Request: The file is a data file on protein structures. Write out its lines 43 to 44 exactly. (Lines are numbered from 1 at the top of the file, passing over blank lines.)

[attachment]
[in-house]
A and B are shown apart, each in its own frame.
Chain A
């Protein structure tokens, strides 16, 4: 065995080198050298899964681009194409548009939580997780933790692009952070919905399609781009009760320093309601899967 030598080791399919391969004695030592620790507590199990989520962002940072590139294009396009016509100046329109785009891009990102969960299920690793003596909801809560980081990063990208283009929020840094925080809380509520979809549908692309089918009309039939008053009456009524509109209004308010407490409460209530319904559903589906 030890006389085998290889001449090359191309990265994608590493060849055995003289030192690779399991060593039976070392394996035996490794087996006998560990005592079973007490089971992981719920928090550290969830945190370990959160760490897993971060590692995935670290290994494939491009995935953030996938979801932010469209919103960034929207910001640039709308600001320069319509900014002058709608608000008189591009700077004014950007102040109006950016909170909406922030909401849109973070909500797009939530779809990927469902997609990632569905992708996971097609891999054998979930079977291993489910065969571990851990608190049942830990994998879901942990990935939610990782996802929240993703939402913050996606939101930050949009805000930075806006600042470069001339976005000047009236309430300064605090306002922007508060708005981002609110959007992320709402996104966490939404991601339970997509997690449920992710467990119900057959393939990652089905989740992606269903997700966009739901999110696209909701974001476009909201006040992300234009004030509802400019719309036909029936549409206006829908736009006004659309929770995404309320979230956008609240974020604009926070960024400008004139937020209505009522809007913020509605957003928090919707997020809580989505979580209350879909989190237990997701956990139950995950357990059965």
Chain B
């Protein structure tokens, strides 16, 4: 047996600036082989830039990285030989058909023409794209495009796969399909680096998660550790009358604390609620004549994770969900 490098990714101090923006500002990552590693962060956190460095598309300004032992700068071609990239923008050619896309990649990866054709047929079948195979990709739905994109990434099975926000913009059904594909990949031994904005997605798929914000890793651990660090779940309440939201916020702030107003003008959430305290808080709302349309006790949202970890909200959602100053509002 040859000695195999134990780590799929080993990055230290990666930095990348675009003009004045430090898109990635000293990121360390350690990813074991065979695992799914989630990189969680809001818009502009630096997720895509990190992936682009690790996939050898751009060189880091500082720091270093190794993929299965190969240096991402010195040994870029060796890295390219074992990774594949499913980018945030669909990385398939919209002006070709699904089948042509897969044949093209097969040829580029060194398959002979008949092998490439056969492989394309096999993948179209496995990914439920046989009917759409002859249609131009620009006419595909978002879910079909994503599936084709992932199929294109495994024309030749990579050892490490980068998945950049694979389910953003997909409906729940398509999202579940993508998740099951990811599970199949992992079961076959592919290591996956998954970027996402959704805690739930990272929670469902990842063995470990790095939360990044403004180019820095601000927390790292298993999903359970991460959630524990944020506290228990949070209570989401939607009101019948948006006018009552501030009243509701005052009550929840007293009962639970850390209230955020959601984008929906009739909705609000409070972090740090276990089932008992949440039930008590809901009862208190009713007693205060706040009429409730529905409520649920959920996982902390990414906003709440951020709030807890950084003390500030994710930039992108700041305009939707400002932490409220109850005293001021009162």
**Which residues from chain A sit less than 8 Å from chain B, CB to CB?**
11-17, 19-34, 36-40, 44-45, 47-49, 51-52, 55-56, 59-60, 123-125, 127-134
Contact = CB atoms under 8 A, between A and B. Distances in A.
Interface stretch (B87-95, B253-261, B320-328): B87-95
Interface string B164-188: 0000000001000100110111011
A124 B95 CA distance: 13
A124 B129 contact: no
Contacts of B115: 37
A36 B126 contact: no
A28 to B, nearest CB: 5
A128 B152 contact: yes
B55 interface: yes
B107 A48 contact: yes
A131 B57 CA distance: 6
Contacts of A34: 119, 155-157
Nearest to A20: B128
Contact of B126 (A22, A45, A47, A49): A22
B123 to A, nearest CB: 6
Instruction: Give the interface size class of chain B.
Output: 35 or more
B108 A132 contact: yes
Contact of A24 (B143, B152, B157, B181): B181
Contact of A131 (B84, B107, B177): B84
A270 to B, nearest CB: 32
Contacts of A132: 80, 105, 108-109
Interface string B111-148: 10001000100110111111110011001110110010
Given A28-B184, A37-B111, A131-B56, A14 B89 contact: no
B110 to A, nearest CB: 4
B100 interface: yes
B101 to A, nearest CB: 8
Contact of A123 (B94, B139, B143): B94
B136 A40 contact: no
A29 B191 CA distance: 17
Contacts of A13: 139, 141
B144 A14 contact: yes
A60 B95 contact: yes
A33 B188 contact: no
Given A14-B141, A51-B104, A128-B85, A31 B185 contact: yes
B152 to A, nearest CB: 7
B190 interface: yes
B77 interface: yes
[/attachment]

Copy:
A33 B188 contact: no
Given A14-B141, A51-B104, A128-B85, A31 B185 contact: yes